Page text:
Money Saving Alternatives To Buying College Textbooks

by Guest on December 23, 2011

Think off campus when finding cheap alternatives to the campus bookstore

If you’re a college student you already know that textbooks cost a small fortune. Textbooks can cost almost as much as tuition, according to a study from the Advisory Committee on Student Financial Assistance, which shows students paying an average of $1000 or higher per year for books. However, that’s only for suckers who decide to buy their assigned reading from the campus bookstore. There are other ways to find cheap textbooks, for instance, you can buy used textbooks, photocopy textbooks or even rent your textbooks. Just let that creative student brain think outside the box—or rather outside of the campus box—and look for the following money saving alternatives to buying textbooks for college on campus…

1. Virtual libraries

Sure, cheap textbooks are great, but free textbooks are even better! Before entering the money trap that is the campus bookstore, look to the hundreds of virtual libraries that offer copies of textbooks for free online. You might not luck out on the newest editions of your assigned reading, but arts majors will be sure to find reference books and classic literature available at no cost. Just search for your required texts in e-book version and you may be able to download an older version of the books for free. You can even view them on your laptop, tablet or Smartphone. Try virtual libraries like Project Gutenberg and Google Scholar who host thousands of full textbooks that are absolutely free to readers.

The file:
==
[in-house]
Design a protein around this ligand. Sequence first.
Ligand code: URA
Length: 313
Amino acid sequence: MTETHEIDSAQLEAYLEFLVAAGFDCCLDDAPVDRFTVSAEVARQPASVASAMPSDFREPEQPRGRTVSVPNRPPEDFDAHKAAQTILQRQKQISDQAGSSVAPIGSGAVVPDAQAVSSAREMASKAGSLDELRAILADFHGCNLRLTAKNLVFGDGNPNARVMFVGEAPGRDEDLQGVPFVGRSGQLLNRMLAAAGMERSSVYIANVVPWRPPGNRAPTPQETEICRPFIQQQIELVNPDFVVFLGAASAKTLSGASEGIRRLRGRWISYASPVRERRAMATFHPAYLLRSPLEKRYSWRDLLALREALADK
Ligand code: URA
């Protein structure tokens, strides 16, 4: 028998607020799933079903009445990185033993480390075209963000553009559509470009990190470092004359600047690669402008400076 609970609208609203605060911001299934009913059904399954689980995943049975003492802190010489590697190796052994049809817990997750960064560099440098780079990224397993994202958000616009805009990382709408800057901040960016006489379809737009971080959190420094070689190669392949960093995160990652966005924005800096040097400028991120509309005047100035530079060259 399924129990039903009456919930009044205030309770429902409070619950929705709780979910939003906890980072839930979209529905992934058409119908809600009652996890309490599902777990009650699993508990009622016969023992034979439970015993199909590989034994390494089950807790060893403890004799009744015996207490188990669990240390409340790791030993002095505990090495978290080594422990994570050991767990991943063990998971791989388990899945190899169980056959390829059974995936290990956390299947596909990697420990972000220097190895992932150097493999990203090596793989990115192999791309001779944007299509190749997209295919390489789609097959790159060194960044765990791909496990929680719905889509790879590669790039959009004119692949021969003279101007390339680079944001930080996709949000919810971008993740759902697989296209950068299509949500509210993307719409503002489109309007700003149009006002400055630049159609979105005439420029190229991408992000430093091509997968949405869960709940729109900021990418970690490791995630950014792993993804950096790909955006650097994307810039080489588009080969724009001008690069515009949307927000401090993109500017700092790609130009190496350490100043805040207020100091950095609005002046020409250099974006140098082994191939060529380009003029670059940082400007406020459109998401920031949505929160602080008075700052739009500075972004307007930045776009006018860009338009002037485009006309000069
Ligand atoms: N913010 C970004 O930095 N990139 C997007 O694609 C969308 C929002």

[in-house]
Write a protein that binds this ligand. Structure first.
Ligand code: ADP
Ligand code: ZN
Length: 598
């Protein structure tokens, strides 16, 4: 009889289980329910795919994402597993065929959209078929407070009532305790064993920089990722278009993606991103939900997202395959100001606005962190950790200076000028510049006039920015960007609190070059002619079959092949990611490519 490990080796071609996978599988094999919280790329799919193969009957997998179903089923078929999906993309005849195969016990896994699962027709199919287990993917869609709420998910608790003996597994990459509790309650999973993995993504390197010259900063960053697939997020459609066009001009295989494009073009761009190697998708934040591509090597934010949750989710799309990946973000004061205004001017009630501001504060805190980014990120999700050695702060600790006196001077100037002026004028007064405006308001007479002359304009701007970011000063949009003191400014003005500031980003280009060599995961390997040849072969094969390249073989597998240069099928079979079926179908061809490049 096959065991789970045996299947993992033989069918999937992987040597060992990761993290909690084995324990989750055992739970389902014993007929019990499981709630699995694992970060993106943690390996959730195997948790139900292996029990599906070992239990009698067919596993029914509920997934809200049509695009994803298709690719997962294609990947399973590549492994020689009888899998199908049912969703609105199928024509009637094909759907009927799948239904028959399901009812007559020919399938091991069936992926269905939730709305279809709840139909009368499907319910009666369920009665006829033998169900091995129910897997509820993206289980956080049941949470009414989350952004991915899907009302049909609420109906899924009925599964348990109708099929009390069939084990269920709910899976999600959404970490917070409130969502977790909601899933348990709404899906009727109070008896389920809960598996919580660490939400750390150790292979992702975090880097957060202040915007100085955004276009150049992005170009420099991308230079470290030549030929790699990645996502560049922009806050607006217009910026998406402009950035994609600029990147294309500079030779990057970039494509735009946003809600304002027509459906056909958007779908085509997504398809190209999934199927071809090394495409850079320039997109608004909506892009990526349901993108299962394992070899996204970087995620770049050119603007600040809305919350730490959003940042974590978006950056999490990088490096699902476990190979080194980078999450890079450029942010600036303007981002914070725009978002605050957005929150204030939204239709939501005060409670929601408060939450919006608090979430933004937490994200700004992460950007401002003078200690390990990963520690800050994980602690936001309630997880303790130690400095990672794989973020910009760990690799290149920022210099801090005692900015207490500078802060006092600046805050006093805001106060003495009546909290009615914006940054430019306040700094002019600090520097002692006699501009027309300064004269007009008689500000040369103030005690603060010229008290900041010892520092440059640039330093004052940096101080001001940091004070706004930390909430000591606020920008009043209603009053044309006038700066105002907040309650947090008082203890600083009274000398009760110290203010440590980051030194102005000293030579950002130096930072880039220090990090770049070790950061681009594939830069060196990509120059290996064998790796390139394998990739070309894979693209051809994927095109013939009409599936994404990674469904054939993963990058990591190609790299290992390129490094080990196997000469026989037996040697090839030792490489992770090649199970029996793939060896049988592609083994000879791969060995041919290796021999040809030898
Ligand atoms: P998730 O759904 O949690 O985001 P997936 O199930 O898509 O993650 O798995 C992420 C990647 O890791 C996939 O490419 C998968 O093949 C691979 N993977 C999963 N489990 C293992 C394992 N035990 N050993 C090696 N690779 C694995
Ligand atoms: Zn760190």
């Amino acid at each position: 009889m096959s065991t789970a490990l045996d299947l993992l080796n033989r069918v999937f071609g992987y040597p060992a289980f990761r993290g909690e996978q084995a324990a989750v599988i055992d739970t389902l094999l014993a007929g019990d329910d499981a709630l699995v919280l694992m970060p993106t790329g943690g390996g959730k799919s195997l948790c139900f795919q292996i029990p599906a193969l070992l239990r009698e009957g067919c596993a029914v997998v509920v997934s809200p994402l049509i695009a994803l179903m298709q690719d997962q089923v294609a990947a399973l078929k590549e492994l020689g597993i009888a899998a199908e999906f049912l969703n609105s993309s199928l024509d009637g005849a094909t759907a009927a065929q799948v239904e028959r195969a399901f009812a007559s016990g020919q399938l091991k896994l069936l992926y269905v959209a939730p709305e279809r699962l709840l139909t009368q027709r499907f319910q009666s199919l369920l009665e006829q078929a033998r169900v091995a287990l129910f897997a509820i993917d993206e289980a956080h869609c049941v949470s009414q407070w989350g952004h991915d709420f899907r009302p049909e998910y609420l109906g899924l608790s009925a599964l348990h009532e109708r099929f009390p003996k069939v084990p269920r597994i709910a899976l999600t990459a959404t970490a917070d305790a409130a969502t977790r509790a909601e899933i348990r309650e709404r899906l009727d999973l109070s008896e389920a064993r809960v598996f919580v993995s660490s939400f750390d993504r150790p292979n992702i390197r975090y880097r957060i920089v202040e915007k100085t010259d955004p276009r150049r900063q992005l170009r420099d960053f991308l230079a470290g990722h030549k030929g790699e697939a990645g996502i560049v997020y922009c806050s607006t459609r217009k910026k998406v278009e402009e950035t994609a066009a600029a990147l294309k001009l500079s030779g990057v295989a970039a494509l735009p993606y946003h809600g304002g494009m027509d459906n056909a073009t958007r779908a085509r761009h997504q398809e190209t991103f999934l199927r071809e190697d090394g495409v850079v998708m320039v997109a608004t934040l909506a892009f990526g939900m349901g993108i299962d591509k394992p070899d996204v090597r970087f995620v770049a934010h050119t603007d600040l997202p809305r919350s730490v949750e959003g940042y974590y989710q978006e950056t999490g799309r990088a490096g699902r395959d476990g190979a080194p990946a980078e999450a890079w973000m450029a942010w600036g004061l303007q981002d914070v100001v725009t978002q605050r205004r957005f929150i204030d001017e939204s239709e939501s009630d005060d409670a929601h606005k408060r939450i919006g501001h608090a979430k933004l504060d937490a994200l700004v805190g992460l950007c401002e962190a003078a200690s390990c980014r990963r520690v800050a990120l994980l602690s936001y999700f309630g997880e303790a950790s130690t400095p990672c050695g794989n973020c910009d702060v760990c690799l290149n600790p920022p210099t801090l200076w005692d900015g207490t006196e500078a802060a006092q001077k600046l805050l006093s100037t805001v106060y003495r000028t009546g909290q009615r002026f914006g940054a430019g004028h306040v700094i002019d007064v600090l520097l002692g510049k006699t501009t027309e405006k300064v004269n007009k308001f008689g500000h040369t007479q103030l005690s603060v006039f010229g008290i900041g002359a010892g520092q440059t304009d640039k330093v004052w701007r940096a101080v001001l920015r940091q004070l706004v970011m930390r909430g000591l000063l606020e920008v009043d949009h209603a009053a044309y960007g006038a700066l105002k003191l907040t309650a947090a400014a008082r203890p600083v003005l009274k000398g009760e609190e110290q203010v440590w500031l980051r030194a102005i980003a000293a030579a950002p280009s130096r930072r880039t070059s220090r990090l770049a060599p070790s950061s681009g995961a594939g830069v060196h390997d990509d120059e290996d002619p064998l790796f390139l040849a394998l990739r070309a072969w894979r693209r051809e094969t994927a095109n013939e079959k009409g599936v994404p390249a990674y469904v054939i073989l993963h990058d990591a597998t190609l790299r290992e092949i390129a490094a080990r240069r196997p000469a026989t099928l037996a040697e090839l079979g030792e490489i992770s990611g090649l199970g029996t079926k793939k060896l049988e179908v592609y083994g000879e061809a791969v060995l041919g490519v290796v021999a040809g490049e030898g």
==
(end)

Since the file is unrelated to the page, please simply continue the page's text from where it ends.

2. Scan or copy print versions

Another alternative to buying full versions of texts online, is to ask your professor which chapters you will be covering in class—then tracking down another student who purchased the book and ask them if you can photocopy the assigned chapters.

3. Visit the campus library

The campus library will have copies of all the assigned textbooks for every class on campus. However, they probably only have a few copies to spare. Again, ask your professor for an assigned list of reading materials and go early to check out your textbook. If you don’t have time to finish, just scan or photocopy your borrowed version and bring it back so that someone else can do the same. If you study in the library and only need to read a few chapters, you can read the book for a couple hours each day in order to get your assigned reading completed at no cost.

4. Get an e-reader

If you don’t mind doing all of your reading on an electronic device, get an e-reader. Sure, it will cost you around $100 to $300 upfront, however, an e-reader will pay off in the long term as digital textbooks cost about half the price compared to printed textbooks in your campus bookstore. Plus, you’ll be reducing your paper waste and doing your part to go green as well.

5. Rent textbooks

A more recent phenomenon online, students can now actually rent print versions of their required textbooks. Not only are rental versions available at a fraction of the cost of new textbooks—the rental texts are shipped for less than $4.00 both ways. Check out textbook rental companies such as Rentscouter.com, Chegg.com and CampusBookRentals.com.

6. Buy used textbooks

You know for every student that needs a textbook this semester, there was a student that probably still has that same textbook from last semester. Not only that, but those same students will be looking to make some money back on that textbook purchase. So post your needed textbooks on a message board, Facebook Marketplace, Craigslist and all over campus. Chances are there will be tons of folks willing to sell you their old textbooks for no more than beer or pizza money.

About The Author

Brenda Ortega works as both a substitute teacher and freelance writer. She loves delving into the research side of writing, which mostly focuses on educational issues. She has written for a variety of material, giving tips for students on finding cheap textbooks; to parents on saving money for your child’s education; and even hopes to help educate others with her learning enhancement-based topics.

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